Paper record, paper ballot, ballot card, hand-marked ballot, machine-marked ballot, paper trail …
You've probably heard many of these terms during the discussion about Pennsylvania's plan to replace our current voting systems with more secure and fully auditable new voting systems.
It can be confusing to hear so many different terms used to describe what appears to be the same thing. Let's clear up what they mean for Pennsylvania's plan to have paper-based voting systems in every precinct no later than the 2020 primary.
To appreciate exactly what the future of voting will look like, it's important to understand the method of recording votes with the new systems.
The Department of State is following national standards by requiring that all new voting systems have a "voter-verifiable paper ballot" or "voter-verifiable paper record" of every vote cast. This means that all Pennsylvanians will soon vote on paper – either marking their ballot by hand or with the assistance of an electronic ballot-marking device. In both cases, they will have the opportunity to verify their selections on paper before casting the ballot.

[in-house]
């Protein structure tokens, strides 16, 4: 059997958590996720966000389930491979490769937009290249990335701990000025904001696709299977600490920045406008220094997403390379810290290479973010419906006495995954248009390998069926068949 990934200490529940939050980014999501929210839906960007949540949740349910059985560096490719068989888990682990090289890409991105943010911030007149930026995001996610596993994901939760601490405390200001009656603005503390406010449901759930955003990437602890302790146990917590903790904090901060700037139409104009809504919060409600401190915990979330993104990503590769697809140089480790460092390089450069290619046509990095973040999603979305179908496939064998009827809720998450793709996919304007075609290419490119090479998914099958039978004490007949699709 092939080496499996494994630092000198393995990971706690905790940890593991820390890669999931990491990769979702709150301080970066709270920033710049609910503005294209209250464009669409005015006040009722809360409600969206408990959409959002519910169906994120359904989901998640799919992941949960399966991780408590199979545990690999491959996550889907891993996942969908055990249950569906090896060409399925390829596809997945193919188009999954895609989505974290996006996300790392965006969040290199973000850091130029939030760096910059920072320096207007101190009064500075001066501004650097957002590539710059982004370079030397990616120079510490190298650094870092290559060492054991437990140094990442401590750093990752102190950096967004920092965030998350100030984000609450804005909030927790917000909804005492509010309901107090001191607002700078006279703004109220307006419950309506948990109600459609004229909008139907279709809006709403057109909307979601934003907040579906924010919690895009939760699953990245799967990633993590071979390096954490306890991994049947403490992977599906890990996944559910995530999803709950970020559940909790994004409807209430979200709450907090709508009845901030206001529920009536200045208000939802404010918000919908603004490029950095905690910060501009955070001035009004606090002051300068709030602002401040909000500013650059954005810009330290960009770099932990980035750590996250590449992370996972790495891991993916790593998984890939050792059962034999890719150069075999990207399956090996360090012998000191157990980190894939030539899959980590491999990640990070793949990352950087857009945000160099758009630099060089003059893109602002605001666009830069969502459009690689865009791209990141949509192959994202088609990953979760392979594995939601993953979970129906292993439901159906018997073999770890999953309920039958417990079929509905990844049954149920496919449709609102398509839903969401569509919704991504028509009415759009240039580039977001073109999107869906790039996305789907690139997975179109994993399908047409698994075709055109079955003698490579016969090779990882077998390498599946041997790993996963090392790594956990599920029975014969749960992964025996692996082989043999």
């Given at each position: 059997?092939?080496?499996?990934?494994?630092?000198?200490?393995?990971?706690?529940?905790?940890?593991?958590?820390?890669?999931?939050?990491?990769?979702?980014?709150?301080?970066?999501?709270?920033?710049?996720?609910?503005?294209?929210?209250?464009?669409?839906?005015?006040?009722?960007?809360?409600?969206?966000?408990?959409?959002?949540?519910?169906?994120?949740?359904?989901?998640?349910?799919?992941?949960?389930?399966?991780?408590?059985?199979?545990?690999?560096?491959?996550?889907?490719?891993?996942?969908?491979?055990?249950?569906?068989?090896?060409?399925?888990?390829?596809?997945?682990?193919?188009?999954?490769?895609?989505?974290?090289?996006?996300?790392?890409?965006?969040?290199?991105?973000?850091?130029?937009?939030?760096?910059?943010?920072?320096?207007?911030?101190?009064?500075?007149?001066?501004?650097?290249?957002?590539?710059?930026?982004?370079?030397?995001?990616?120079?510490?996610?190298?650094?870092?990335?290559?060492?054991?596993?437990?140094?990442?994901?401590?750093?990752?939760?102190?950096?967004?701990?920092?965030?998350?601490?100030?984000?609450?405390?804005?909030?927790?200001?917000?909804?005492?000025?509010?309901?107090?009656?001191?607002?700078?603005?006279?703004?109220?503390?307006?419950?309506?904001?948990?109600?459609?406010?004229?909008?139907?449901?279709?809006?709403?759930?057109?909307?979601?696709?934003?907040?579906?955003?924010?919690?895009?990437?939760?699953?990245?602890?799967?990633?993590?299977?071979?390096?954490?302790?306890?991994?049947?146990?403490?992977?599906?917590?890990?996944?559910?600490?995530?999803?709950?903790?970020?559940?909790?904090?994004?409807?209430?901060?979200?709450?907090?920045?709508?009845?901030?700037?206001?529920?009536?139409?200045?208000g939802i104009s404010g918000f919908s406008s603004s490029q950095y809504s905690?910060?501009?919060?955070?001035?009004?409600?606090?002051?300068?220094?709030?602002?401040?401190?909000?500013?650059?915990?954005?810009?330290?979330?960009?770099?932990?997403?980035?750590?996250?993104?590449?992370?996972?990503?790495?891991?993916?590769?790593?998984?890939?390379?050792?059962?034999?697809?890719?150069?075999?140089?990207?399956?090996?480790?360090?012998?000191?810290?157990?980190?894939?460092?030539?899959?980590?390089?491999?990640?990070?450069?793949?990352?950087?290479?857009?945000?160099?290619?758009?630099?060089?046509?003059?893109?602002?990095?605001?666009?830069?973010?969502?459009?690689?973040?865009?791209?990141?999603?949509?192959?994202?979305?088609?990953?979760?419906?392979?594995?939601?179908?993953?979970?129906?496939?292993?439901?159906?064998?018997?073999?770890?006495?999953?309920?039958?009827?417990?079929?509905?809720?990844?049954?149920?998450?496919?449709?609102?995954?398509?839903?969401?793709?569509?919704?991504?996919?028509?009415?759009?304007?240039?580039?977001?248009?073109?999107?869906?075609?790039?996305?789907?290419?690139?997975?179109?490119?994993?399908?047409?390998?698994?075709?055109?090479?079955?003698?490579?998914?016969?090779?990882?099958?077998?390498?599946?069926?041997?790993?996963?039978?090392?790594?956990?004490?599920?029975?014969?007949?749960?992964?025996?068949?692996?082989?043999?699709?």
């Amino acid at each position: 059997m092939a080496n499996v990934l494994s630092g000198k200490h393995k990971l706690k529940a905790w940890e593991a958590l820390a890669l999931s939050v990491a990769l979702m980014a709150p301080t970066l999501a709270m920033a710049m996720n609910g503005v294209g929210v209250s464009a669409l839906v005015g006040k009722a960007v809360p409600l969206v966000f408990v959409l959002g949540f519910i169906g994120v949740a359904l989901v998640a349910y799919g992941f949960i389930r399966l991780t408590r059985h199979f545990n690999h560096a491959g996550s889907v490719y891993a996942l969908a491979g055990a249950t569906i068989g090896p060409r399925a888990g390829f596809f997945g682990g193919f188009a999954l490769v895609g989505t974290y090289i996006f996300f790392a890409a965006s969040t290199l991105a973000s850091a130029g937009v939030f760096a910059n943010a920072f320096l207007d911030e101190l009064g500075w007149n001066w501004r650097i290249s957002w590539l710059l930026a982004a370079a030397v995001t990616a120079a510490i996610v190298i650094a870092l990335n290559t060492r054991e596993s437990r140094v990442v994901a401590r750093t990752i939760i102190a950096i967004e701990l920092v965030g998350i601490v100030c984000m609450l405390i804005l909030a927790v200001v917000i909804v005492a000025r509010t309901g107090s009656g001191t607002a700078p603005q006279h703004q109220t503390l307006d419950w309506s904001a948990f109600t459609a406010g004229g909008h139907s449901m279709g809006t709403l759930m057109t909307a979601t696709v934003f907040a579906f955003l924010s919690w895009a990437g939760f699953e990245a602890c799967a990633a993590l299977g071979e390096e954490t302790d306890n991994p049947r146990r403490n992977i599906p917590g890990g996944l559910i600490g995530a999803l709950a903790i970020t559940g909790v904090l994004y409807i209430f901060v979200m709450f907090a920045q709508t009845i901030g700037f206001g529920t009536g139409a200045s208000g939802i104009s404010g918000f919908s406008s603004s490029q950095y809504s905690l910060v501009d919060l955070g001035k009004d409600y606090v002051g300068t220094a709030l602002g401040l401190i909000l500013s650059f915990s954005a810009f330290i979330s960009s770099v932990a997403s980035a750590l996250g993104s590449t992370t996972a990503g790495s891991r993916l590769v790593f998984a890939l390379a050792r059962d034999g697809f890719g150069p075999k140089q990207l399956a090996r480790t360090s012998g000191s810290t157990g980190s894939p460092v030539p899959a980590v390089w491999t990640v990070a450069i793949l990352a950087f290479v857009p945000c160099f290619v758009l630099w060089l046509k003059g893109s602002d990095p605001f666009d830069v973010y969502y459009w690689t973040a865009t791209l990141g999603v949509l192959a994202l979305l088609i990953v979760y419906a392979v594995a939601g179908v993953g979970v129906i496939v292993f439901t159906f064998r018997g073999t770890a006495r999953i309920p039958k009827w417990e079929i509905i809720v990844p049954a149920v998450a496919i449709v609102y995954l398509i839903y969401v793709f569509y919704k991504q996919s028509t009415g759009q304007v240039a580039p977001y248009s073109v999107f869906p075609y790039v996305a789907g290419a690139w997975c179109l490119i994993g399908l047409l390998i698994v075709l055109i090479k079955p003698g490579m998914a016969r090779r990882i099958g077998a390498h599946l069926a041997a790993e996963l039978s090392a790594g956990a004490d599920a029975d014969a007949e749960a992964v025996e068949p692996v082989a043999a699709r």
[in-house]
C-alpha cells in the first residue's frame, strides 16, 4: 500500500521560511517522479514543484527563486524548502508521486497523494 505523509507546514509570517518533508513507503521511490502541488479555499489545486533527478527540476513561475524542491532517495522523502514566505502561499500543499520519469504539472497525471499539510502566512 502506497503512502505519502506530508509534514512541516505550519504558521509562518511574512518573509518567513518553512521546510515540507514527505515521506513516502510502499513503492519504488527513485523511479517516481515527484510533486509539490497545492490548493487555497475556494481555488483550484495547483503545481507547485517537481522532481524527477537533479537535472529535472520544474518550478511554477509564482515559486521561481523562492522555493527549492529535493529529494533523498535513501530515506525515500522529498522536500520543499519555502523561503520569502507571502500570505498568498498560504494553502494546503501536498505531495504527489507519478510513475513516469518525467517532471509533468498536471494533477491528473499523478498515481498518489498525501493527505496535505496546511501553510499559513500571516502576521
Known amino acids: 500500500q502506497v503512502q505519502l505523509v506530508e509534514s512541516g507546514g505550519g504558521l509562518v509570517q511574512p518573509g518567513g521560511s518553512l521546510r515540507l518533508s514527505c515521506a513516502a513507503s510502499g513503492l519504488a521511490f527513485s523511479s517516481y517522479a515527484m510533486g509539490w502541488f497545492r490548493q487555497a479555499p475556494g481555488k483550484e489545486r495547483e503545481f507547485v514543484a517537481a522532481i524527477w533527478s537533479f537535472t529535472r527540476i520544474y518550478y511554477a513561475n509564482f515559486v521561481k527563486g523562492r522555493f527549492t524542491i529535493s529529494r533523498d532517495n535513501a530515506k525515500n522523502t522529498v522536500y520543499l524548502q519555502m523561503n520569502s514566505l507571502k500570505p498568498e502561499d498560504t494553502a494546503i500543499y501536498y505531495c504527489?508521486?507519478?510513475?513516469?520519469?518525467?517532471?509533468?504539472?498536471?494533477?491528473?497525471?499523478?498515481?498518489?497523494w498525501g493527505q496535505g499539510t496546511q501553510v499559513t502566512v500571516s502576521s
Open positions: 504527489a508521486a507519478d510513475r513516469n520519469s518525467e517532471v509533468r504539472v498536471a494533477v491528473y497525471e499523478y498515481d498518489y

Depending on the voting system selected, voters in some counties will mark their choices by hand on a paper ballot, using a pen to fill in the bubbles or ovals next to those choices ("hand-marked ballot").
Voters in other counties, using a different kind of system, will insert a ballot into a touchscreen ballot-marking device that will assist them in filling in the bubbles or ovals ("machine-marked ballot") and then return the ballot to them for review.
Finally, voters in counties with a third kind of system will make their selections on a touchscreen and then print a paper record of their ballot with the name of every candidate they chose.
No matter how the official ballots are marked or created under the new voting systems, every voter in Pennsylvania will be able to personally confirm their ballot choices on paper before casting their vote.
Every paper ballot or paper record, whether marked by hand or machine, will be scanned and tabulated electronically.
Replacing our current voting methods with paper-based voting systems doesn't mean we will remove technology's important role in vote counting. It simply means we will have voter-verified paper backups of the votes and the opportunity for meaningful audits and recounts.
Whether Pennsylvanians call their future ballots hand-marked or machine-marked, we want them to be able to confidently describe them as "safe" and "secure."